Kawasaki Disease is a serious illness characterized by inflammation of blood vessels throughout the body that primarily affects young children and infants. Kawasaki disease is the leading cause of acquired heart disease in children. Although about 80 percent of patients are under five years of age, older children and teenagers can also get Kawasaki Disease, but this is uncommon. It is more common in boys than girls, and the majority of cases are diagnosed in the winter and early spring. It is not contagious.
Although it is more prevalent in children of Asian and Pacific Island descent, Kawasaki Disease affects children of all racial and ethnic groups. It is estimated that more than 4,200 children are diagnosed with Kawasaki Disease in the United States each year.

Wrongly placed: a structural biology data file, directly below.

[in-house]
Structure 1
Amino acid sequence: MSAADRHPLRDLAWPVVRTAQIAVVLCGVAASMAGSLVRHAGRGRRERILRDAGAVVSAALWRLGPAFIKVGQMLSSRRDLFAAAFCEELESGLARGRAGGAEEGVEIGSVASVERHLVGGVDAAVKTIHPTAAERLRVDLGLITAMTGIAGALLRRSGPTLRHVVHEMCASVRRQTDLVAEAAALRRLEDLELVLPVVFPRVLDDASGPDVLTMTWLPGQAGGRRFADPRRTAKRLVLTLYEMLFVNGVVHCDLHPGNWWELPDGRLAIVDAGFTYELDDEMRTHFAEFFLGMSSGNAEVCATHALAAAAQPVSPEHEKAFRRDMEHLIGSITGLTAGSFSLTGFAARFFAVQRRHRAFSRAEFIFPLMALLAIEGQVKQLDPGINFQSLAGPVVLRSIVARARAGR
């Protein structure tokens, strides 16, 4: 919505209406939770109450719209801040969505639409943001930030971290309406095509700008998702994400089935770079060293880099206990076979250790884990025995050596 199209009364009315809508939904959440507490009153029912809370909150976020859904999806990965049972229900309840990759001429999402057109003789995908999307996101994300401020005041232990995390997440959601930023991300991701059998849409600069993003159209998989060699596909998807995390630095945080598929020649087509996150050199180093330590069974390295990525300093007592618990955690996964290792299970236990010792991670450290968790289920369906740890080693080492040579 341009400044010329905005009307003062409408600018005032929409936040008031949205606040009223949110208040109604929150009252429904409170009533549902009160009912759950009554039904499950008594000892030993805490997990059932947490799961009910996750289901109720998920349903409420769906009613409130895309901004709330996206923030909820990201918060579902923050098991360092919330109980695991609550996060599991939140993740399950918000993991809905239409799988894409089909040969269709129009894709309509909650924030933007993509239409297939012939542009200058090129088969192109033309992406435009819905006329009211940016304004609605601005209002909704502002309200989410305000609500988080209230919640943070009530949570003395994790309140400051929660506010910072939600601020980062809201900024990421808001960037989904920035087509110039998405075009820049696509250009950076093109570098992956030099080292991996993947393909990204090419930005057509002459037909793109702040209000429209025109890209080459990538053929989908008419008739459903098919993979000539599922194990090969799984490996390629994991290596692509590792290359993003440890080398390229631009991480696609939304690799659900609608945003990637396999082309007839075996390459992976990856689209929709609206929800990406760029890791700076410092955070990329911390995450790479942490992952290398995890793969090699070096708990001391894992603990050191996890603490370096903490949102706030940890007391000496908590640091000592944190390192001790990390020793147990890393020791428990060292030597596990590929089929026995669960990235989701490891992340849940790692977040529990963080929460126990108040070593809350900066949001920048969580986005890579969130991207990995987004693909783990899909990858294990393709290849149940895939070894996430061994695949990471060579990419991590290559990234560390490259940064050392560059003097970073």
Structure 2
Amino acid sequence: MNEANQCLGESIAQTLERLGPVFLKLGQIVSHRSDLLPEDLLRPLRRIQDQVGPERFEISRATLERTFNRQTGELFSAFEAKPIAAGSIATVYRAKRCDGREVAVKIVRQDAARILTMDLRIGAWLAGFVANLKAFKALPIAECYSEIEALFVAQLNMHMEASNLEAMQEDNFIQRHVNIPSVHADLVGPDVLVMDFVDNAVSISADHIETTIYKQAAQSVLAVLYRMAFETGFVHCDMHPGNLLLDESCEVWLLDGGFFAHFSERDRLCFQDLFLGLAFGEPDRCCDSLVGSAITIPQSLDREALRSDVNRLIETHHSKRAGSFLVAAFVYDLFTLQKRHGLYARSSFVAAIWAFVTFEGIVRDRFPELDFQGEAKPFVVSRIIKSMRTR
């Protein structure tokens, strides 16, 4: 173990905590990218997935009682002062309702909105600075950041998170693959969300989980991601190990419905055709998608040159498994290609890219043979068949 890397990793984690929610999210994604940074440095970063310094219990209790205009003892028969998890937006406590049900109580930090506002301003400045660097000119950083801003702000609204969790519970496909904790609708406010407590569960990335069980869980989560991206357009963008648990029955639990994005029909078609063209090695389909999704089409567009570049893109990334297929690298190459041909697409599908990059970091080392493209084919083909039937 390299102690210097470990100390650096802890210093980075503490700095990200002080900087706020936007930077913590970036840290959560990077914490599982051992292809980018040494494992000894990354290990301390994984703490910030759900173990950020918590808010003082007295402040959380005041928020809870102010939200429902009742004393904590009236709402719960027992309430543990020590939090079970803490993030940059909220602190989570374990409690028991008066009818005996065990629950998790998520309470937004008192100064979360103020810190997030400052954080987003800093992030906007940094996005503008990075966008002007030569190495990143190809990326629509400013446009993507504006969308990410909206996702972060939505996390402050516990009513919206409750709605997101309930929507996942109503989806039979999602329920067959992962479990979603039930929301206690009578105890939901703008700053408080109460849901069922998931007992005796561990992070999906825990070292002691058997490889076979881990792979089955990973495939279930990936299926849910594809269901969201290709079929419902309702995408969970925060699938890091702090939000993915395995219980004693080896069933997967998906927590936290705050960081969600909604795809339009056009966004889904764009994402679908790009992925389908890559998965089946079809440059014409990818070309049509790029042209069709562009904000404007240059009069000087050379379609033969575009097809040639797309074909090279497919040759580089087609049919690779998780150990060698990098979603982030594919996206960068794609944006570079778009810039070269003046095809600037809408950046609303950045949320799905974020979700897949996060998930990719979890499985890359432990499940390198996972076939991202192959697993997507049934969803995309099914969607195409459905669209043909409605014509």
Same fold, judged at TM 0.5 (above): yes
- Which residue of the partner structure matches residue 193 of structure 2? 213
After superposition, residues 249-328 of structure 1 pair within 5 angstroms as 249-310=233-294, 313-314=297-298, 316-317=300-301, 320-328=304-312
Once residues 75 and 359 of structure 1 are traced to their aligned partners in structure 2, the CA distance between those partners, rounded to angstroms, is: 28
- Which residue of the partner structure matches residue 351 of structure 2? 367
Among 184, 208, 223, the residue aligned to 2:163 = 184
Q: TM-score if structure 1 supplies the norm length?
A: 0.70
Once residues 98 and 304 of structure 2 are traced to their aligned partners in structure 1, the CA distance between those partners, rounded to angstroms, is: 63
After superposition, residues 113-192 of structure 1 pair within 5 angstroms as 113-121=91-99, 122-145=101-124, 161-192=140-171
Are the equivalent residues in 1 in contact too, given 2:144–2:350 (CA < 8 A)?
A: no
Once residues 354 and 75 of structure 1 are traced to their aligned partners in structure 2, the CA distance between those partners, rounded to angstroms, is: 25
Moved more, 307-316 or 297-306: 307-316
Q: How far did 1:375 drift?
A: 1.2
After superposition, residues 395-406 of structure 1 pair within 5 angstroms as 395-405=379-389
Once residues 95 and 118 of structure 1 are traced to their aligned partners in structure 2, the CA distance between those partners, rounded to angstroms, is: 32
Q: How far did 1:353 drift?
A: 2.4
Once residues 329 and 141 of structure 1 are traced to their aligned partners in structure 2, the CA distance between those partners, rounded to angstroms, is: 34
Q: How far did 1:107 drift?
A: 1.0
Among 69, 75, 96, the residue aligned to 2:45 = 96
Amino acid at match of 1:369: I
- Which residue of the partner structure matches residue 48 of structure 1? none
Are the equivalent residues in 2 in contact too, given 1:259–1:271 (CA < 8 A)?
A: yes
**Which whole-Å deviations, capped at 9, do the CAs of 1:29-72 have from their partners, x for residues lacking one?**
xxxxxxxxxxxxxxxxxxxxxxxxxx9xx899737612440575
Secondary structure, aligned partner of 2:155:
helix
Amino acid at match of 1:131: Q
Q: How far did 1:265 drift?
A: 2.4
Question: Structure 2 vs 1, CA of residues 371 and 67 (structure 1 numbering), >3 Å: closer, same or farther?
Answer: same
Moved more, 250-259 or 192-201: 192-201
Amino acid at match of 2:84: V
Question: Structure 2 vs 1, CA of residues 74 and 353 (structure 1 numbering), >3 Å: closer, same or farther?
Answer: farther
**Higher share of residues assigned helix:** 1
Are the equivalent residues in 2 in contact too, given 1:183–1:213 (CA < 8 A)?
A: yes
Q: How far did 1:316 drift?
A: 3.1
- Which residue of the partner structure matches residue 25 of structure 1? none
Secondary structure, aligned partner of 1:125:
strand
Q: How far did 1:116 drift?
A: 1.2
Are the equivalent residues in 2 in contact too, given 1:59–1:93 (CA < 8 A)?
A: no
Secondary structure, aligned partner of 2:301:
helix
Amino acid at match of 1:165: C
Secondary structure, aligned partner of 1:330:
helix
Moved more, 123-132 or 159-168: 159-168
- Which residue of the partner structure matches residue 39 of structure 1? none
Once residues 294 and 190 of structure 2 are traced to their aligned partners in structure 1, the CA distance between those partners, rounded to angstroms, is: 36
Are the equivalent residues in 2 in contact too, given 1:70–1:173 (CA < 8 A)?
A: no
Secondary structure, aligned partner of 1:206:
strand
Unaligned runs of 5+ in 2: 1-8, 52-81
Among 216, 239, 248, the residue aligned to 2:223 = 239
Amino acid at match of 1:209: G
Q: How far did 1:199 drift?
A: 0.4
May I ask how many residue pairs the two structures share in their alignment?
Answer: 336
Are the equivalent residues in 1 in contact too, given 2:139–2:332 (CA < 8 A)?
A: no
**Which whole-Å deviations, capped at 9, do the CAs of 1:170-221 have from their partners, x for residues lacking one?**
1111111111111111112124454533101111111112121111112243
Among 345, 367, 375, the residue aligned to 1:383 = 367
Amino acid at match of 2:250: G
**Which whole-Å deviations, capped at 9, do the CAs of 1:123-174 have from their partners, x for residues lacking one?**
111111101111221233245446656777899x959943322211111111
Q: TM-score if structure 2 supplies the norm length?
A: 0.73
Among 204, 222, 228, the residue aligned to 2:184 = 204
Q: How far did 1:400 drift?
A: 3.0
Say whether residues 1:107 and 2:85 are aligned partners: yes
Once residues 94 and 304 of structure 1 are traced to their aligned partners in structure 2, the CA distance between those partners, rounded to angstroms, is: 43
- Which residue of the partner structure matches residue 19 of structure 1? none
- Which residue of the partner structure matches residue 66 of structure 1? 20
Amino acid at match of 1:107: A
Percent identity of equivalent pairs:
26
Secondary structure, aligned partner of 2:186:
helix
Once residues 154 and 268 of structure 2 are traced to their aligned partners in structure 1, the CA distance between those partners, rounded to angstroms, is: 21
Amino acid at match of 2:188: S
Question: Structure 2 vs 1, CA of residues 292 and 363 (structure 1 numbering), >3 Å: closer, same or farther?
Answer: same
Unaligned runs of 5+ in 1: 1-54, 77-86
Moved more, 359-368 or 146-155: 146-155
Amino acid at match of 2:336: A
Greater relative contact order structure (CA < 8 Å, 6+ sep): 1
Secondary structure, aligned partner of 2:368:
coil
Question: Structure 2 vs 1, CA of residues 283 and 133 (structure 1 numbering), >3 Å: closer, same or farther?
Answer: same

WITHOUT TREATMENT, ABOUT 25% OF CHILDREN DEVELOP HEART DISEASE
Timely diagnosis and treatment (which usually includes intravenous gamma globulin) is highly effective in preventing coronary complications. Doctors continue to study the long-term outcome of children who do not appear to have coronary involvement. Other kinds of longer-term consequences (e.g., non-coronary) are extremely rare. There is no evidence that links Kawasaki Disease with autism or a seizure disorder. A very small number of Kawasaki Disease children might have a seizure in the early acute stage of Kawasaki Disease when there are very high fevers, but there is no on-going or long-term seizure prone condition.